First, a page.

The cycle time required to electropolish a part is primarily based on the current / amps and surface area of the part or total surface area and rectifer current if multiple parts are desired to be electropolished at the same time.

Visit the Electropolishing Current Required Calculation Spreadsheet to calculate the approximate cycle time required for a part or total parts for electropolishing

What is electropolishing? How does electropolishing work? contains more in depth information on electropolishing.

As a non-electrolytic process, passivation uses solutions like citric and nitric acids instead of an electrical current used in electropolishing to create a inert oxide layer / film and remove free iron and foreign matter from metal surfaces. Electropolishing, a non-mechanical interactive process, can be used on objects with complex geometries.  The electropolishing  process uses a combination of electrolytic chemicals and an electrical current to carefully eliminate imperfections and contaminants of metal part surfaces. This particular process is an alternative to abrasive fine polishing.  Electropolishing can be used to polish, deburr, and smooth metal components whereby doing so also causes material removal to occur including the free irons on the surface of the part. Electropolishing would be the more appropriate approach when  aesthetics are necessary.  A smoother, polished surface can result from electropolishing. Passivation, on the other hand, does not change or brighten the surface appearance and is not an effective method for removing surfaces that has been welded with oxide heat effect scale or heat treated.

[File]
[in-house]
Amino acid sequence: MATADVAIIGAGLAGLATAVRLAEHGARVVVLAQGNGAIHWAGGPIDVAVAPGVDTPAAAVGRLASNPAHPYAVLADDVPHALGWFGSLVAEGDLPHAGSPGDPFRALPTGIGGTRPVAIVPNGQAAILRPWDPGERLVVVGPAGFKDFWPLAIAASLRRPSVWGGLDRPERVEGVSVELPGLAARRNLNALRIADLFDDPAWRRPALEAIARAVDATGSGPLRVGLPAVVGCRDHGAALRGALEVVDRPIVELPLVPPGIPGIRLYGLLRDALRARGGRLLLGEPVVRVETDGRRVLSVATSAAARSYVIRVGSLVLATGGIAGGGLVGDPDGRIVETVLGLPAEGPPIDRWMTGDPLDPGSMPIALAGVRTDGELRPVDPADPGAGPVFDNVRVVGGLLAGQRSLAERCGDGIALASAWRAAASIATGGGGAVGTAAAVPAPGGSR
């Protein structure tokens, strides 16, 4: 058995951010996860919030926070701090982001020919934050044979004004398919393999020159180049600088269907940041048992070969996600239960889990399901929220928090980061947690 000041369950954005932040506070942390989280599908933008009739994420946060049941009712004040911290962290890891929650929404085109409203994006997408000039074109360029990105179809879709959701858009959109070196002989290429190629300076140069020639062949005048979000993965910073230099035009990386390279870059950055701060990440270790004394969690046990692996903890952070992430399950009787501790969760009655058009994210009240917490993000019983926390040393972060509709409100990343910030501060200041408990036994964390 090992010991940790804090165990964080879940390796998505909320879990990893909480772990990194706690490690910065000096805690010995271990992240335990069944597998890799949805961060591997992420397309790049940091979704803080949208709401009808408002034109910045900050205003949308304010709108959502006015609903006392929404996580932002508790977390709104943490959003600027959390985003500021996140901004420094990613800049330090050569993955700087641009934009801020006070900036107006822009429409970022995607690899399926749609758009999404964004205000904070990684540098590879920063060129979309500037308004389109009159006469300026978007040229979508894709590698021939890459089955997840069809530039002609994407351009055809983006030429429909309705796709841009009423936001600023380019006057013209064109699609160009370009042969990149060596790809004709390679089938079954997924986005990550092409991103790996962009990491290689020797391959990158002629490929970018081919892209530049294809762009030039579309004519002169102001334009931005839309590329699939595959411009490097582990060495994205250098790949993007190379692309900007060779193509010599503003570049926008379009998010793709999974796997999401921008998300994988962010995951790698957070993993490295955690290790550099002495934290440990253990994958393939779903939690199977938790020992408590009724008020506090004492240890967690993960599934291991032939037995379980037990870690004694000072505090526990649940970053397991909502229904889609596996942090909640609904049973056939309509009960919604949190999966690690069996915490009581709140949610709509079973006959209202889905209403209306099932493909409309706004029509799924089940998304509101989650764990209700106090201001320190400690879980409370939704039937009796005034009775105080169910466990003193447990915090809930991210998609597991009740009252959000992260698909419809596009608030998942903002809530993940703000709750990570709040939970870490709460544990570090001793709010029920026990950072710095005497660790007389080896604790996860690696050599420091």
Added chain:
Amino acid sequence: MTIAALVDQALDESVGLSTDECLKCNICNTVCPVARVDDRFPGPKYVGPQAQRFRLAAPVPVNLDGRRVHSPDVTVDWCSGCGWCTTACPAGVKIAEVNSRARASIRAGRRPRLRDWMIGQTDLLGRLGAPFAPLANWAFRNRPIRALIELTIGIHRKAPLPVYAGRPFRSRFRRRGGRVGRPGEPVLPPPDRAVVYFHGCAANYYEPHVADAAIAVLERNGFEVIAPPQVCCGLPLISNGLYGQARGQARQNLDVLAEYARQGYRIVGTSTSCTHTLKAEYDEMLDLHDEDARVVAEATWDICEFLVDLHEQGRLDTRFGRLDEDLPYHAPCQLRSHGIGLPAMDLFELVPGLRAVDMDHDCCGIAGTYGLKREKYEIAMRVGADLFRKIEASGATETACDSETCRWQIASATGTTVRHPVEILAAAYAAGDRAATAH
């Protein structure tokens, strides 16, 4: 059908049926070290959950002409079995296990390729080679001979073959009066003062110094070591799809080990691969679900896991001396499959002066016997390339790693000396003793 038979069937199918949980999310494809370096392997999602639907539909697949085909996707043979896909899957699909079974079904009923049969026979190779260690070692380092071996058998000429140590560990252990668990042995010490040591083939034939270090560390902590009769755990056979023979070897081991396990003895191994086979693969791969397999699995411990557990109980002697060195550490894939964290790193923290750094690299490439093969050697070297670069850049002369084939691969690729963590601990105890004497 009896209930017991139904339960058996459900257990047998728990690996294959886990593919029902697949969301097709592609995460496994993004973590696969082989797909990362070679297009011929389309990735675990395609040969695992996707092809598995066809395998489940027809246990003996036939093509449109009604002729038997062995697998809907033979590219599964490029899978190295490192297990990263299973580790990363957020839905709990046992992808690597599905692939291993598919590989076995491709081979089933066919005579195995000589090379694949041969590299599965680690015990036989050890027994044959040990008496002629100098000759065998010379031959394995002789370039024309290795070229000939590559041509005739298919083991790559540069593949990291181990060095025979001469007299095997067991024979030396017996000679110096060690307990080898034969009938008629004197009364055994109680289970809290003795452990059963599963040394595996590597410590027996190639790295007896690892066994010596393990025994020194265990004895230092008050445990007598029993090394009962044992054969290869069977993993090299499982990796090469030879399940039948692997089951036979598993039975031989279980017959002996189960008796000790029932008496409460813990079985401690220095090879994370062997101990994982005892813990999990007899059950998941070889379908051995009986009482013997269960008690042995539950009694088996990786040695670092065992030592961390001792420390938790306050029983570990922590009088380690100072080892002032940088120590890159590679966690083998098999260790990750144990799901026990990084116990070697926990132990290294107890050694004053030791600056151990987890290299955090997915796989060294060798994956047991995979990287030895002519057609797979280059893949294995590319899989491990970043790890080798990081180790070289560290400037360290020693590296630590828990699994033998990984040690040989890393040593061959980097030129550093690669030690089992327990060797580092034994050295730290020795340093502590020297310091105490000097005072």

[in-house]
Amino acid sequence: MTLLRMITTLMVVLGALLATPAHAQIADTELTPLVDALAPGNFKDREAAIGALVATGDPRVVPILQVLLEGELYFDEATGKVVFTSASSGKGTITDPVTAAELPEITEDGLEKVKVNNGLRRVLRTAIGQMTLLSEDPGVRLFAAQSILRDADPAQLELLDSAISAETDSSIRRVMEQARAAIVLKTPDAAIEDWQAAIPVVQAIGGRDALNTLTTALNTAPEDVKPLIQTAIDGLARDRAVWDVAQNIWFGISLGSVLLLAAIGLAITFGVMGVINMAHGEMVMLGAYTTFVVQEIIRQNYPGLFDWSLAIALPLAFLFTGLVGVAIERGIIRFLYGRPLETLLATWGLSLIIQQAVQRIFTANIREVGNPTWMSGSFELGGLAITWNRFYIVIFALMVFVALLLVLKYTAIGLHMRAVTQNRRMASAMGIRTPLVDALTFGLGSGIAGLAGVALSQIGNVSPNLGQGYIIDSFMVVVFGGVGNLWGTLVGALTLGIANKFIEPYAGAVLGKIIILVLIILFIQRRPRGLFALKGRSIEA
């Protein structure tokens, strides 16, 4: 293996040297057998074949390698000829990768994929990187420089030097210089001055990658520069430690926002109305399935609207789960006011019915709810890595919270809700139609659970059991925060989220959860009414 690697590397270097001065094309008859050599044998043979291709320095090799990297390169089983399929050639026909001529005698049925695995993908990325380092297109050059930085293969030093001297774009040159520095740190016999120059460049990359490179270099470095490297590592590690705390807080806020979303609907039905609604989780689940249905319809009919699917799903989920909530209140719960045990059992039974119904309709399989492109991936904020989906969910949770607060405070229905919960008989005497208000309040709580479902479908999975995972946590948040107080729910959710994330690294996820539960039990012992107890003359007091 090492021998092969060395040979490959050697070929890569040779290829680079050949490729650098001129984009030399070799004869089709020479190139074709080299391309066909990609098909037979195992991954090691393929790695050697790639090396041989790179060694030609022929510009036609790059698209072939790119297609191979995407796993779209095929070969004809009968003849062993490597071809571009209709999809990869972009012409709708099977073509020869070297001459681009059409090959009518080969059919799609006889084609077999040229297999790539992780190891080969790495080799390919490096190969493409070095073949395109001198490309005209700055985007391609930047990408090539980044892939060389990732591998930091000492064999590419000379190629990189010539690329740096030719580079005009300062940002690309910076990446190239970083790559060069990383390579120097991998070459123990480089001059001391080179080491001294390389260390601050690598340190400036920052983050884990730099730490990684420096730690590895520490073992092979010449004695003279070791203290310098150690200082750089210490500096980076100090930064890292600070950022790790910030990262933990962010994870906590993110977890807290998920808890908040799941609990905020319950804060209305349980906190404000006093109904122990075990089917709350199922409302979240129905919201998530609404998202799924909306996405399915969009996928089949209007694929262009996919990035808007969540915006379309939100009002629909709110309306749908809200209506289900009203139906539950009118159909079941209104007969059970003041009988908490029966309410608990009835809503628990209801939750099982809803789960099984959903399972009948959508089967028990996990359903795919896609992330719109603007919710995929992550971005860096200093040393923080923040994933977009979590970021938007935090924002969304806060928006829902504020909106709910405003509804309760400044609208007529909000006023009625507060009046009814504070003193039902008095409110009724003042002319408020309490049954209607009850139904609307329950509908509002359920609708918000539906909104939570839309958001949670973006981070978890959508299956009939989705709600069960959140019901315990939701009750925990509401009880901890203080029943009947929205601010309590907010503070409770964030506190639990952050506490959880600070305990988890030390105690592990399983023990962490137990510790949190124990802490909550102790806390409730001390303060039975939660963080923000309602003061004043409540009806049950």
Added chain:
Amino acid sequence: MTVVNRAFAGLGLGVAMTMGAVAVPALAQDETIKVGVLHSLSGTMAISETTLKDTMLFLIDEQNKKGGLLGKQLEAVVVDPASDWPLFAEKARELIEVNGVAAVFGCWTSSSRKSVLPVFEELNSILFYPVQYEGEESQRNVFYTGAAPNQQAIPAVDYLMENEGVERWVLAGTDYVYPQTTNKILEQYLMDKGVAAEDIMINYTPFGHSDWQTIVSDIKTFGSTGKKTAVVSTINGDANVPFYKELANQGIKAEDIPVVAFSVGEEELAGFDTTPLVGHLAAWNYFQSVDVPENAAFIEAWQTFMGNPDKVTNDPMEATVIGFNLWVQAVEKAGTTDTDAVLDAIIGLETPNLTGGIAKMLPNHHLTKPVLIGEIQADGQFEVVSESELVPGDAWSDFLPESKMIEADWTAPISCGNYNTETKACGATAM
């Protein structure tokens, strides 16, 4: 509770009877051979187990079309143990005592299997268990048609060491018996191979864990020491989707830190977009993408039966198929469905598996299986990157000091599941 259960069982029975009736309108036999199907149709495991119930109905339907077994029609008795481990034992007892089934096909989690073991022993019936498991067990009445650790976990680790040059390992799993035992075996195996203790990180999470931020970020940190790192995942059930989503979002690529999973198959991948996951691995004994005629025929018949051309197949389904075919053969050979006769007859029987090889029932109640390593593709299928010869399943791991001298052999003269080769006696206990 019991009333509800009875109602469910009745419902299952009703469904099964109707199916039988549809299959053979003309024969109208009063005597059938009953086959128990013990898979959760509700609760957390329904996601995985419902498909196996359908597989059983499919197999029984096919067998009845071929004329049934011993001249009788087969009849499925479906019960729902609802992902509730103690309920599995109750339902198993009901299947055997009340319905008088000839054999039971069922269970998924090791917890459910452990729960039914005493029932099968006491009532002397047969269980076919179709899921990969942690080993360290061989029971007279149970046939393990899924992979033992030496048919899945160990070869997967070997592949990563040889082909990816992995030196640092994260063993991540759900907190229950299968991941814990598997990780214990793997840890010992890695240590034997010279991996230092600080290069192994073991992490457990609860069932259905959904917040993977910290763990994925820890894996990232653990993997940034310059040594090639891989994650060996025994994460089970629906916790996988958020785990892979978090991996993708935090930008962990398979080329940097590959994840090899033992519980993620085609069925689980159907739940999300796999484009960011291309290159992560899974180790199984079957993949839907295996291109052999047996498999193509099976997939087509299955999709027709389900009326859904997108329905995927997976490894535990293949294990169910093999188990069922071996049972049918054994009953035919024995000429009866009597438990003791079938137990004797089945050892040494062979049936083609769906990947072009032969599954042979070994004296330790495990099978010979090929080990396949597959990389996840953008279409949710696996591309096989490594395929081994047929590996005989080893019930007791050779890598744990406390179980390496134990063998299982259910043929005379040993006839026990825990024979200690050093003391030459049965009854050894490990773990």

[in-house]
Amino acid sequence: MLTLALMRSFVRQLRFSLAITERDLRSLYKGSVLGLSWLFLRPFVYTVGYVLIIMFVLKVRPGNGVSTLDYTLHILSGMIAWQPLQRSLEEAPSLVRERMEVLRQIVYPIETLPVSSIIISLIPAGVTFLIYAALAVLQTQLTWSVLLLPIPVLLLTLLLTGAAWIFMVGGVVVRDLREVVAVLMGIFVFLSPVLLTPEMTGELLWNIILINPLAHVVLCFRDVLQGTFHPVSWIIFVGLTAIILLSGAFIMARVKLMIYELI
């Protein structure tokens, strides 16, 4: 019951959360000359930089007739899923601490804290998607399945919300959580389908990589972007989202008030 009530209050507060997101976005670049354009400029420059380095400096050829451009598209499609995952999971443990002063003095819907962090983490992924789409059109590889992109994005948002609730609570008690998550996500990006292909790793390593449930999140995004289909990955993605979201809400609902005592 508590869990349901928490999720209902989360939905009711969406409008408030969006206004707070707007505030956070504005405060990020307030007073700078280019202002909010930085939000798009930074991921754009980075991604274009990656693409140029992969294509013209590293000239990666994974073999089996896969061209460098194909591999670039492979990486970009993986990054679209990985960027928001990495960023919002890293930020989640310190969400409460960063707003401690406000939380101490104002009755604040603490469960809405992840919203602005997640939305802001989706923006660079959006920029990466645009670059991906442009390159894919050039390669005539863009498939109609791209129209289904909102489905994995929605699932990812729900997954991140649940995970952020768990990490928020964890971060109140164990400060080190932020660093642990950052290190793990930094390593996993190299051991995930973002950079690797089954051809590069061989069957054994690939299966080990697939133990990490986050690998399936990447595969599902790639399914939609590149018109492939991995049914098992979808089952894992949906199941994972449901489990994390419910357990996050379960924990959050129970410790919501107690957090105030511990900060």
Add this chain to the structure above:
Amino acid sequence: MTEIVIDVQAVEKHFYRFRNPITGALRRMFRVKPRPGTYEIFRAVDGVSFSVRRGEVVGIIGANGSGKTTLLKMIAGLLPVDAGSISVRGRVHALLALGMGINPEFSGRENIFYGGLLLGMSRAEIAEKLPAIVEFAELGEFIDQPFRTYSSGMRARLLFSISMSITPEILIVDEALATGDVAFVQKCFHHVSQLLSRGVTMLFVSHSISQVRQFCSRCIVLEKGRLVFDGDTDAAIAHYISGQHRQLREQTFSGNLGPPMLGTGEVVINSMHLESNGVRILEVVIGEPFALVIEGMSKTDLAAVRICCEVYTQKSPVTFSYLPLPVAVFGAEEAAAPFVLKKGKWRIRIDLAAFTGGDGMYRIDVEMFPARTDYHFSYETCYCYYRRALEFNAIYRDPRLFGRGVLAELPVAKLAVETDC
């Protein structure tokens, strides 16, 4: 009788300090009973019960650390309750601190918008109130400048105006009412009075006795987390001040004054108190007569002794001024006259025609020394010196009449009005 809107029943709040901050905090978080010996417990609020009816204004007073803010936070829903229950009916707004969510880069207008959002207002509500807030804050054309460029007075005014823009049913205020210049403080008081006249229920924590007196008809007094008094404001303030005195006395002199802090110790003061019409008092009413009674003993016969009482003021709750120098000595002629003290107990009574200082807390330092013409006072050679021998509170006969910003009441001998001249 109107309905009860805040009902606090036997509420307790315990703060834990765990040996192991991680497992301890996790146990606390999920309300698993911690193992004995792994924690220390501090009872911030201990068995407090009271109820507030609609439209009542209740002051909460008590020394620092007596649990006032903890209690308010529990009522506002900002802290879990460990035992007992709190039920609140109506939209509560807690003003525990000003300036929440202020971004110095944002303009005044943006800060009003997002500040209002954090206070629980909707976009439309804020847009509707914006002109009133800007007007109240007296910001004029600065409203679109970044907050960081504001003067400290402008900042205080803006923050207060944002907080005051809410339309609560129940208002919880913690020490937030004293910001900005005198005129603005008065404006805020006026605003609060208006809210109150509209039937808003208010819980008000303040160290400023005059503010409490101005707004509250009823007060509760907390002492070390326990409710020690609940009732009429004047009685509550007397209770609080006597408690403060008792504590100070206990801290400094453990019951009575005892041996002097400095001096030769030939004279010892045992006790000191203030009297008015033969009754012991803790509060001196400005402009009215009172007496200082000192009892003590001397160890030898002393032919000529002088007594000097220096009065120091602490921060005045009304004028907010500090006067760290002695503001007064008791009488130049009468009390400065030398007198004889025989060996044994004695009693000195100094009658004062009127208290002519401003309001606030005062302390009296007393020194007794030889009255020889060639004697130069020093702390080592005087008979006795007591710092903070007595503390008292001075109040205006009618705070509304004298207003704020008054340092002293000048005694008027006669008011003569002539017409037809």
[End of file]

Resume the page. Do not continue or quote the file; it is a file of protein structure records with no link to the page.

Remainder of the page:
Electropolishing  is an electrochemical process that removes material from a metallic part, typically stainless steel or similar alloys.  The part is immersed in a temperature controlled bath of electrolyte (typically mixtures of sulfuric acid and phosphoric acid) and the part serves as the anode as it is connected to the positive terminal of a DC power rectifier DC and the negative terminal of the rectifier is attached to the cathode which is typically made from titanium or other alloys which do not dissolve during the electropolishing process.

Visit What is electropolishing? How does electropolishing work? for more detailed information on electropolishing